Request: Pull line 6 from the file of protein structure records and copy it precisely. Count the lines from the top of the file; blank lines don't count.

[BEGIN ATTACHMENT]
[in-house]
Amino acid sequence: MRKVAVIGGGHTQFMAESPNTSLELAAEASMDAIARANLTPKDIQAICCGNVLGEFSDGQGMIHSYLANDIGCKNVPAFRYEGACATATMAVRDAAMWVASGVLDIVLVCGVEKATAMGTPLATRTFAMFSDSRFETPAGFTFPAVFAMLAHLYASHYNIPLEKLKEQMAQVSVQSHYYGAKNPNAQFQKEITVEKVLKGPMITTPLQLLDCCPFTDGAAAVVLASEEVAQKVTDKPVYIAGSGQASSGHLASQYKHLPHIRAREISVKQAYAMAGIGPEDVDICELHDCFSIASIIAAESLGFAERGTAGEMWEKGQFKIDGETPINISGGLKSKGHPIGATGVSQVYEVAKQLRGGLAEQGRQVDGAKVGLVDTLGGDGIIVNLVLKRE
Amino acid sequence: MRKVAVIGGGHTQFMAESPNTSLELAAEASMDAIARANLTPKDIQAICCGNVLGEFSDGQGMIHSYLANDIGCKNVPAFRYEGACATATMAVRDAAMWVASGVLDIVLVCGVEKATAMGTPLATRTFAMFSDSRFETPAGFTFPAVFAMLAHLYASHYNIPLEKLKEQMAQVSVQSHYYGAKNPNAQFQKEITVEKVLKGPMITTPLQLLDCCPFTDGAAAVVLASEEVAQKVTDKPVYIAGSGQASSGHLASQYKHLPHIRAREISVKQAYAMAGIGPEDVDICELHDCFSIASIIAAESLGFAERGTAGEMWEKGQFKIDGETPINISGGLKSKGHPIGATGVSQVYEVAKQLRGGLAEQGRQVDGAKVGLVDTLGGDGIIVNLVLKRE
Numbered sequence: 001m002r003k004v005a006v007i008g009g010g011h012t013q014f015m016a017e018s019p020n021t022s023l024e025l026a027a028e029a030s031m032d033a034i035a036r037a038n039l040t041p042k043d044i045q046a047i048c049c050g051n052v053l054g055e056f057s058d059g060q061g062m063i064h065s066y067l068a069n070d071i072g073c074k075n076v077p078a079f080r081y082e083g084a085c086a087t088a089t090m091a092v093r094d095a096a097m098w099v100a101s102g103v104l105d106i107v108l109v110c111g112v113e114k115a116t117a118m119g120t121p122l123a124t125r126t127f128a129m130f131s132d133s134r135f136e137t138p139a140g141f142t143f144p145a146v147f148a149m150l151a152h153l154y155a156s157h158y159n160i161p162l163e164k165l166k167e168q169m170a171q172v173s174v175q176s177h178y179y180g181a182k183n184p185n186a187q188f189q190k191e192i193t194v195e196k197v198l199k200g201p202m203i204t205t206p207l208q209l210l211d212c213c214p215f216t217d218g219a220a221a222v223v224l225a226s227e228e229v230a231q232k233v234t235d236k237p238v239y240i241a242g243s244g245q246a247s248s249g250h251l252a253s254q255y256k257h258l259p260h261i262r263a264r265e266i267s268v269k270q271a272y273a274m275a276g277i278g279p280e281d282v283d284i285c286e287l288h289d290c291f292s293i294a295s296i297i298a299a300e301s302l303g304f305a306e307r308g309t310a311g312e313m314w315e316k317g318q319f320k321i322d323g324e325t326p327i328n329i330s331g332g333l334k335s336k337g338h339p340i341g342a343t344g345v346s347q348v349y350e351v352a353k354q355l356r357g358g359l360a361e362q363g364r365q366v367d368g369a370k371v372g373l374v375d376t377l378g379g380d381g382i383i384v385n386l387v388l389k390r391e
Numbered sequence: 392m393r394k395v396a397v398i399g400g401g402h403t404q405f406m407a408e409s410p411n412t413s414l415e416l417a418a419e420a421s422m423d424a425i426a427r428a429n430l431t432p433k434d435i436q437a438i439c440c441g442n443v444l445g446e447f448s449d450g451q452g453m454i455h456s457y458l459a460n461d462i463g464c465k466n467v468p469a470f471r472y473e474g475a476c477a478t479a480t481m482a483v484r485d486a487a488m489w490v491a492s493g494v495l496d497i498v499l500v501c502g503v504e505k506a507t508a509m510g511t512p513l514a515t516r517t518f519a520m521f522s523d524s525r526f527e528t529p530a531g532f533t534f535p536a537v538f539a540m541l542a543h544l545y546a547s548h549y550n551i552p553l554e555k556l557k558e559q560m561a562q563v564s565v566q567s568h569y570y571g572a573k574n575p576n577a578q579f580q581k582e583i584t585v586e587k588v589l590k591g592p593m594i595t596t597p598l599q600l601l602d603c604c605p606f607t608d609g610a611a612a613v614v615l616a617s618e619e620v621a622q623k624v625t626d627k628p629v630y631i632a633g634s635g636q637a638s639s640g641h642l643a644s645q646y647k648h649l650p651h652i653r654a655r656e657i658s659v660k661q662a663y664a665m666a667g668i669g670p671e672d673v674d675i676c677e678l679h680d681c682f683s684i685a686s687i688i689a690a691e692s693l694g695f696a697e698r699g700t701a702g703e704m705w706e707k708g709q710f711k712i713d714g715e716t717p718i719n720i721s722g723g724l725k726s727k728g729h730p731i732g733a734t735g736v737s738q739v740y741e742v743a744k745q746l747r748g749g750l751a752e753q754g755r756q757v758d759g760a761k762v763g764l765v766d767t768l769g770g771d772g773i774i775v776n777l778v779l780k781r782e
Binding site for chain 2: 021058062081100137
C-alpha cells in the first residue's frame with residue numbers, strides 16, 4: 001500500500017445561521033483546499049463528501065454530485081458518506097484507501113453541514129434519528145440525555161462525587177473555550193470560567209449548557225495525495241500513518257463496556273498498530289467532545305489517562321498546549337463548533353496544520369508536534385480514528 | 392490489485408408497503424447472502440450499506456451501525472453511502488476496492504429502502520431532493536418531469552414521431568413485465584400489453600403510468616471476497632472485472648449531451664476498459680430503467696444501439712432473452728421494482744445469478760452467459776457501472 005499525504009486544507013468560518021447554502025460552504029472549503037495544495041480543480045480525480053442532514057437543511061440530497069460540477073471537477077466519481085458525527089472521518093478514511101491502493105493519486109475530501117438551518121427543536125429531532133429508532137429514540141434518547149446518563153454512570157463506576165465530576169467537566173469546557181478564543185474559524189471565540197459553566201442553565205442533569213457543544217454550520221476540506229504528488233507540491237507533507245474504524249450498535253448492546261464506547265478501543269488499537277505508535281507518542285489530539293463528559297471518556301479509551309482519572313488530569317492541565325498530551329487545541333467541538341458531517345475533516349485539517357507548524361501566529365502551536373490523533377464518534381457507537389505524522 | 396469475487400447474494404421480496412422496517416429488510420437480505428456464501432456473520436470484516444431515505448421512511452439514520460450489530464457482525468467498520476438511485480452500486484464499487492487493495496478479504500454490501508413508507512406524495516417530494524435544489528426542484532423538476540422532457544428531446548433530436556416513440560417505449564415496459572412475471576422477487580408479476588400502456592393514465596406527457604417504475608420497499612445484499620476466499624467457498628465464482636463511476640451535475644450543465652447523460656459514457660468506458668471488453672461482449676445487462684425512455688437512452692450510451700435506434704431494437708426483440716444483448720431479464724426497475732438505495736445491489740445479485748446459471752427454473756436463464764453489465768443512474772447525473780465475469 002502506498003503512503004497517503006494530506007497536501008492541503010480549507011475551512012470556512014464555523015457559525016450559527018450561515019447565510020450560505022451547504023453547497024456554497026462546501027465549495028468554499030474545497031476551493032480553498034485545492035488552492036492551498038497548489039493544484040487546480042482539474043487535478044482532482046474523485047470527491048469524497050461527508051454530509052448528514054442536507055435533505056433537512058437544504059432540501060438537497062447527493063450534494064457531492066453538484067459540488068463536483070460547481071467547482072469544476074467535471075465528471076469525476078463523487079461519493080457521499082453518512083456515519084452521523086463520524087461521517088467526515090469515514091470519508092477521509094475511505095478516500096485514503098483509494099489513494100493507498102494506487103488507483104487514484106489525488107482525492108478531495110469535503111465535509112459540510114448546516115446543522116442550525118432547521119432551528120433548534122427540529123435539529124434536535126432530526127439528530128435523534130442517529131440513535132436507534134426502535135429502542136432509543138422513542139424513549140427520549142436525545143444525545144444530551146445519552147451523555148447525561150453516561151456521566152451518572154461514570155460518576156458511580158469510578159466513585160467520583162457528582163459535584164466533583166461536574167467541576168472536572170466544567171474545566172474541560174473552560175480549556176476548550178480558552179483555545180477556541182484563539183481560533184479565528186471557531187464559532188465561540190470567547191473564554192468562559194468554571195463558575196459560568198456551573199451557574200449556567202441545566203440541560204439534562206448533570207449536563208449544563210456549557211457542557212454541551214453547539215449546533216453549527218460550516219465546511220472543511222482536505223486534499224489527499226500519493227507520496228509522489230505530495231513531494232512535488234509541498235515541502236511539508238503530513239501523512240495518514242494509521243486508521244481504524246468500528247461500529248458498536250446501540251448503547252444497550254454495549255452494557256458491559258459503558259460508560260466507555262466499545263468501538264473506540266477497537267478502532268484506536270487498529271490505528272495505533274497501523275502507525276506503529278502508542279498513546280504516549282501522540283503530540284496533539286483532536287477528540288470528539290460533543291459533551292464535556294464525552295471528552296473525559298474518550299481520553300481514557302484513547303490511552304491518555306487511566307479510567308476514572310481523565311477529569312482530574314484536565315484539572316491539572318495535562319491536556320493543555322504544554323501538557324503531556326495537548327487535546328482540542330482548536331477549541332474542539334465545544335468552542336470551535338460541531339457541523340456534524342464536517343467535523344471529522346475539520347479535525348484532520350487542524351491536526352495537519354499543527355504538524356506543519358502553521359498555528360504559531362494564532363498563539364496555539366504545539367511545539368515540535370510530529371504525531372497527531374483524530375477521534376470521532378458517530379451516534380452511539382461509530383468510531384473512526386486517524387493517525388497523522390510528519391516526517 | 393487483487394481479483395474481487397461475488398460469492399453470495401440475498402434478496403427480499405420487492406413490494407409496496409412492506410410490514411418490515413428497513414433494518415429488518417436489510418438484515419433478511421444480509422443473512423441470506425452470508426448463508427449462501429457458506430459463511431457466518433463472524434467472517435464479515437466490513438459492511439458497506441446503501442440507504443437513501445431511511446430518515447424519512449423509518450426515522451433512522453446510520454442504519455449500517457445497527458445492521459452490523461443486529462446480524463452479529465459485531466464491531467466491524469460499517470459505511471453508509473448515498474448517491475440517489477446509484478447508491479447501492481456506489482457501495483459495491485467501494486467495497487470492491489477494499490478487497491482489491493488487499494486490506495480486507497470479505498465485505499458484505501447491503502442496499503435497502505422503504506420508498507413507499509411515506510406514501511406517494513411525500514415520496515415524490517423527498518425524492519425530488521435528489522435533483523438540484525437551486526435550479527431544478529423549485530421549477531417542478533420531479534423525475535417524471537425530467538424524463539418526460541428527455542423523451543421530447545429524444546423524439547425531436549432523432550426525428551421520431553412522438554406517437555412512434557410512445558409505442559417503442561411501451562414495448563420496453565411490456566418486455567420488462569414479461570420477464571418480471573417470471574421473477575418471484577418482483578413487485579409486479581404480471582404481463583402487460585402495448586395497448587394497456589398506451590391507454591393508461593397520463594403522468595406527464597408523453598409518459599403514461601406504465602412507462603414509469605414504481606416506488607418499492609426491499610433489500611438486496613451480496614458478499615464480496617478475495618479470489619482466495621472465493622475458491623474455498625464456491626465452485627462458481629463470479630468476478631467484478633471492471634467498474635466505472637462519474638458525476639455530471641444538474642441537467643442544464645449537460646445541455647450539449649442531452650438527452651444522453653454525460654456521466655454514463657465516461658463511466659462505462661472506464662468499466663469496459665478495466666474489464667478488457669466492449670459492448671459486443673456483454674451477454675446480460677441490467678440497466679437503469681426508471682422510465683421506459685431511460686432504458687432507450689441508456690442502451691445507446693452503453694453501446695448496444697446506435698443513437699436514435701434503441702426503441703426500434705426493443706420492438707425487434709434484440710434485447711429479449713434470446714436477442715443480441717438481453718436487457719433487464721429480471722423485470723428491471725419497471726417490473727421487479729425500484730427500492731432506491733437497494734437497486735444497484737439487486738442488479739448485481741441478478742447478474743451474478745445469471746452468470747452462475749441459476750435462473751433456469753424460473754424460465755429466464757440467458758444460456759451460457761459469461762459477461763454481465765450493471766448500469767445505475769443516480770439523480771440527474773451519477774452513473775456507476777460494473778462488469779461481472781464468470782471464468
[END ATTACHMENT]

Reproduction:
Binding site for chain 2: 021058062081100137